In New England and the Chesapeake, we don’t find John Locke.
This is hardly surprising. Virginia and New England were founded generations before John Locke wrote his Two Treatises of Government. The former was founded with the example of the Spanish conquistadors and the East India Company in mind. The latter was founded as a Puritan theocracy.
In the past, I have written here about how Jamestowne and Virginia eradicated Tsenacommacah. The English in the Chesapeake only became Virginians over the course of several generations. They developed a sense of White racial consciousness through their experience in a multiracial environment. In 1622, the Powhatan Indians attempted to exterminate the Whites and killed a fourth of the colonists. Although that incident is no longer taught to our children in our public schools, it changed the tradition of the Virginia colonists and altered the course of Southern history.
I wrote this after visiting Jamestown:
“The most important lesson to take away from Jamestown is that “blood, sweat, and tears” – not any abstract philosophy – is what enabled “Virginia” to supplant “Tsenacommacah.” The English burned Indian villages up and down the James River. They sailed up the James and its tributaries in their boats and pacified the countryside with a mobile strike force armed with rifles and heavy armor. They burned Indian fields to reduce the Powhatans to starvation.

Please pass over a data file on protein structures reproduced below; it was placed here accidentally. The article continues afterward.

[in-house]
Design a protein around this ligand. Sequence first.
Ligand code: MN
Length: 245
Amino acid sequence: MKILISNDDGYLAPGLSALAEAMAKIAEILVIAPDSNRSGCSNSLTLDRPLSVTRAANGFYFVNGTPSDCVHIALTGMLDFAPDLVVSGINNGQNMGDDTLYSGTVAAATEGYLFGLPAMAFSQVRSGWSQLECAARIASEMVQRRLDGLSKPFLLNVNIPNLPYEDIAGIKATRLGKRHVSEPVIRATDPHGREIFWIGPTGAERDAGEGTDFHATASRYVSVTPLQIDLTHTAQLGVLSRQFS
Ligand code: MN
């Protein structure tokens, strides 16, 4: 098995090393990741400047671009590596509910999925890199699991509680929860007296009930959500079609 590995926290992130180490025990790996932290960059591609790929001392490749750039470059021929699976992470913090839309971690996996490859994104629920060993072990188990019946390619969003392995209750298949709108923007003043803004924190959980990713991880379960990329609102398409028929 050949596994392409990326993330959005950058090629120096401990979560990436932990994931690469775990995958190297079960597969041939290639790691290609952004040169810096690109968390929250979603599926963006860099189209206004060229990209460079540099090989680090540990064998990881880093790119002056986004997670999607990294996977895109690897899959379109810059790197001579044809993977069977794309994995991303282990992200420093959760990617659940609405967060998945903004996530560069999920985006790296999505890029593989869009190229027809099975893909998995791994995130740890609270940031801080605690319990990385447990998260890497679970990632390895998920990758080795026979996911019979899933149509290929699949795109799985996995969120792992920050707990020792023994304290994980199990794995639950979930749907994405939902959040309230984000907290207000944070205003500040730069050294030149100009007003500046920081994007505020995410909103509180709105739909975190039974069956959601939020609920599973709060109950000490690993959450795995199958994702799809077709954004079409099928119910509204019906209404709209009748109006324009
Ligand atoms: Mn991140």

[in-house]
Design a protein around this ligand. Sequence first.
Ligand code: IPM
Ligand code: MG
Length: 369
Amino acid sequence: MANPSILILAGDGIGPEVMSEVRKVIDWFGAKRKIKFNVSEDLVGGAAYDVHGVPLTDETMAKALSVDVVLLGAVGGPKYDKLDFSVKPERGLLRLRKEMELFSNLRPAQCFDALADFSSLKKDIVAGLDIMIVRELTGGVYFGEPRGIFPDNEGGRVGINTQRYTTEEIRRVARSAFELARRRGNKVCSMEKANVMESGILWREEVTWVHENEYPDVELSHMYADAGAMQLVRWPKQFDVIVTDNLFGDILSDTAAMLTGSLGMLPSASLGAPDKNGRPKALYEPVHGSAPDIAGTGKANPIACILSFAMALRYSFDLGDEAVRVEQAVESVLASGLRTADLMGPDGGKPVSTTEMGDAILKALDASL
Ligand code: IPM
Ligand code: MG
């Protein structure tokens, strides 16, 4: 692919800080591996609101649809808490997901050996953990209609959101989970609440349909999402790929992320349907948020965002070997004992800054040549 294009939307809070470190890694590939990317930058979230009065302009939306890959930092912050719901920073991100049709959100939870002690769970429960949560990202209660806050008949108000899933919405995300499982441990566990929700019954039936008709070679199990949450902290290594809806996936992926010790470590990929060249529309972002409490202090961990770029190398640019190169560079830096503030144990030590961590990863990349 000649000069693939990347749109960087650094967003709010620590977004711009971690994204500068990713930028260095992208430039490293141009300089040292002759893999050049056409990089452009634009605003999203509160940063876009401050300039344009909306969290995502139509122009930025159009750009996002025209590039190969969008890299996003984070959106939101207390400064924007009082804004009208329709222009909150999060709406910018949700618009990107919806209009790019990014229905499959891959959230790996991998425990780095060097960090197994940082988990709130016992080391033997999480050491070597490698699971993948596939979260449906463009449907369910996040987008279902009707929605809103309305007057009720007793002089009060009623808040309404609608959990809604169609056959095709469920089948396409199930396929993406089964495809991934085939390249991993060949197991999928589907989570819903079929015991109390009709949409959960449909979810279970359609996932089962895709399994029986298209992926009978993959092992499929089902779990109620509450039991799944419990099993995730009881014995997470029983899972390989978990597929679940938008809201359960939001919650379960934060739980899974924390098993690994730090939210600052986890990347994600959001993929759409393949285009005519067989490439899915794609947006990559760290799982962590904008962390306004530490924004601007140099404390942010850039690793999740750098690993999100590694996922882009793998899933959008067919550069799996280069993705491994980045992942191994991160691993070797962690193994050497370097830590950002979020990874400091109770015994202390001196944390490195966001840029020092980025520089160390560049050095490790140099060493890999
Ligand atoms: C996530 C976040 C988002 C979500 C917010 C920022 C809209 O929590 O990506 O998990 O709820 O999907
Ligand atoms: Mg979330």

Ultimately, the English succeeded after they finally adopted a realistic appraisal of their military circumstances in Virginia. They built the wall across the peninsula, expelled all the Indians, and imported as many White colonists from England as possible. They forbid trading with the enemy. They thought squarely in terms of their own self interest, not wishy washy idealism. …”
Some of you are probably wondering: isn’t that a violation of liberty and equality? Isn’t that a violation of natural rights? Isn’t that racism and xenophobia? Yes, it was. It makes sense when you realize that none of these concepts as we understand them existed at the time. They had nothing to do with the founding of the American colonies. There is an older tradition of liberty here that we have forgotten under liberalism.